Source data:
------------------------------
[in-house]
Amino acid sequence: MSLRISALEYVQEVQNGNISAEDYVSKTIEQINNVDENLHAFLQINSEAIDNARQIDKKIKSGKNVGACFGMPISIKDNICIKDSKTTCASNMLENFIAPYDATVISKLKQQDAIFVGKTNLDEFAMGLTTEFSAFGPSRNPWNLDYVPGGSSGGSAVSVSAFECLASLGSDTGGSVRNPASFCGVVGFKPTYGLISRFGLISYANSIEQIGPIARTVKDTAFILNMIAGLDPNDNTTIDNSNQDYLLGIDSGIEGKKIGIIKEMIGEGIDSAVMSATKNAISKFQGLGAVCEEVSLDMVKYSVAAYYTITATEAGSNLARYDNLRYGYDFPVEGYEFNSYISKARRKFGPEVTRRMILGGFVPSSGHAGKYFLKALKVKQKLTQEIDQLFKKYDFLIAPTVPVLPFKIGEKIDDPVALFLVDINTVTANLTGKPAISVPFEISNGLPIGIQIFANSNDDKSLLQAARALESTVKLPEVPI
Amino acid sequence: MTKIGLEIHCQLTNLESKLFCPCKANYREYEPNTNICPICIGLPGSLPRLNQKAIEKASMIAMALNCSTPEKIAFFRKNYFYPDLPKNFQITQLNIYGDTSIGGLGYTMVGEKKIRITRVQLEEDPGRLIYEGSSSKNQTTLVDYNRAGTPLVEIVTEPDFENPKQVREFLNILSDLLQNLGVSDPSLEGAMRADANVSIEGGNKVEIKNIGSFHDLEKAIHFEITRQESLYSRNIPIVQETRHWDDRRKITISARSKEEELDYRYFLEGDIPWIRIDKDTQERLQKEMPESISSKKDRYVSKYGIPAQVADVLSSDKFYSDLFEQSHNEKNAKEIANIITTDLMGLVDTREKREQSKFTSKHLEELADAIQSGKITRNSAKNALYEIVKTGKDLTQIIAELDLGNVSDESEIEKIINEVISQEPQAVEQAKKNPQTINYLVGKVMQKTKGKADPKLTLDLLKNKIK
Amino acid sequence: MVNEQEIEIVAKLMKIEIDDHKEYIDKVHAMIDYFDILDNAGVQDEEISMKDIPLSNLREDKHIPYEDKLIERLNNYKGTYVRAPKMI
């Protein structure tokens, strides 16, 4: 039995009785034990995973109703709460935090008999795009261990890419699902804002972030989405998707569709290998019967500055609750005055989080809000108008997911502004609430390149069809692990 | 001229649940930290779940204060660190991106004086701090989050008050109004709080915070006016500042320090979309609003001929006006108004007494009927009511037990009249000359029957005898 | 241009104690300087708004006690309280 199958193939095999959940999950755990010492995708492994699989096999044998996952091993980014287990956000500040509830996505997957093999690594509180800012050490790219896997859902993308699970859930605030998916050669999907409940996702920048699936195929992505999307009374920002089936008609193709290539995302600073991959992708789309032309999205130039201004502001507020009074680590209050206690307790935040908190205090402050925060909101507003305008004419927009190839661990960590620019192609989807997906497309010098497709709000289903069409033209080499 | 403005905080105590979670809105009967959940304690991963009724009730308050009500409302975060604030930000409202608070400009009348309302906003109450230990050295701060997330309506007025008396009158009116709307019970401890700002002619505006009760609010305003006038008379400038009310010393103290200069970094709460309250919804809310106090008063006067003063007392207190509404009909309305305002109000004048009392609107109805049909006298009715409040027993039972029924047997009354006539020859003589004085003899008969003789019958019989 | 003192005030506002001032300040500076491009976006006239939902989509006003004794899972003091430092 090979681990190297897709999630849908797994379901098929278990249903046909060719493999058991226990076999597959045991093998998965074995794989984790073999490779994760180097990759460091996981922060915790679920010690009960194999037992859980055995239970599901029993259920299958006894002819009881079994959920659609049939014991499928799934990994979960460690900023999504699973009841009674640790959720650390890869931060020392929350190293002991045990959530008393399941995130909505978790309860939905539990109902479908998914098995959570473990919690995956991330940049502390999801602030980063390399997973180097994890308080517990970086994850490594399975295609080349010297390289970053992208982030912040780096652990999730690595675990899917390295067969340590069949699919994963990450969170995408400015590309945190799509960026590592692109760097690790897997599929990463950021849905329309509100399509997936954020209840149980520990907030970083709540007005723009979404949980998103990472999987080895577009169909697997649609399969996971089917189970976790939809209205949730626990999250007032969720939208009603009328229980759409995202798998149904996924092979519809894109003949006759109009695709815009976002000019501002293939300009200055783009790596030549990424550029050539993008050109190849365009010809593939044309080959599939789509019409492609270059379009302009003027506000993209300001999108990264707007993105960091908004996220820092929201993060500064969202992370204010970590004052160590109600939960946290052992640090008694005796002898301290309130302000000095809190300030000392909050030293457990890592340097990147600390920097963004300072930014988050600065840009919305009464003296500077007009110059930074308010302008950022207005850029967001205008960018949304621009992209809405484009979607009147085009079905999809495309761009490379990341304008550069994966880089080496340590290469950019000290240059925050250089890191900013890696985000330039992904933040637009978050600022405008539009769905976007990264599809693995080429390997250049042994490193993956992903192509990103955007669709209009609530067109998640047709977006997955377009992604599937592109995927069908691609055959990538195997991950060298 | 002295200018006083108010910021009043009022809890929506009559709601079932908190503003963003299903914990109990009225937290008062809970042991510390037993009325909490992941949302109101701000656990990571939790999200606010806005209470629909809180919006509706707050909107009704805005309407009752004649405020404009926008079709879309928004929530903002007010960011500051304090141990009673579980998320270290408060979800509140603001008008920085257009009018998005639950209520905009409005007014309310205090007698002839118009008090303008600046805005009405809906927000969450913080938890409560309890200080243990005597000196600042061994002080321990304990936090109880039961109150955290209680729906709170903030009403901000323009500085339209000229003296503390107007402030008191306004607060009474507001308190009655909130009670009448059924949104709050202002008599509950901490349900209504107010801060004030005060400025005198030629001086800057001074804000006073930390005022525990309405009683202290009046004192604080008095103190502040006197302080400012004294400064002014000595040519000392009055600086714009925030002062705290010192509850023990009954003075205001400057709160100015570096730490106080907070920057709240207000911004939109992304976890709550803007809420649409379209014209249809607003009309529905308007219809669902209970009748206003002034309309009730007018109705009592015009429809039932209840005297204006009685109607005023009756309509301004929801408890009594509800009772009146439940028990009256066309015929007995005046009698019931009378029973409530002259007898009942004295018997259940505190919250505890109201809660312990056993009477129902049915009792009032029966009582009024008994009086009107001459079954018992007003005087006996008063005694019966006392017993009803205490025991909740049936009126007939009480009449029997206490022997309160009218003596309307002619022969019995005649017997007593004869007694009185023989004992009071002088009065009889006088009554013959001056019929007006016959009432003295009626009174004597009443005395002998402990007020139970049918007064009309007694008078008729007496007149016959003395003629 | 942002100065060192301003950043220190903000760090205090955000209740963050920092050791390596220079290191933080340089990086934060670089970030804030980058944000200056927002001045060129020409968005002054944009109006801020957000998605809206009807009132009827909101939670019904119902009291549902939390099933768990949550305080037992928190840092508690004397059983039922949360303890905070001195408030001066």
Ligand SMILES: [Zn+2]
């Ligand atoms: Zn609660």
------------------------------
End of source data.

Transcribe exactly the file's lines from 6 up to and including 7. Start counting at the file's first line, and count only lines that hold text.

Ligand SMILES: [Zn+2]
């Ligand atoms: Zn609660």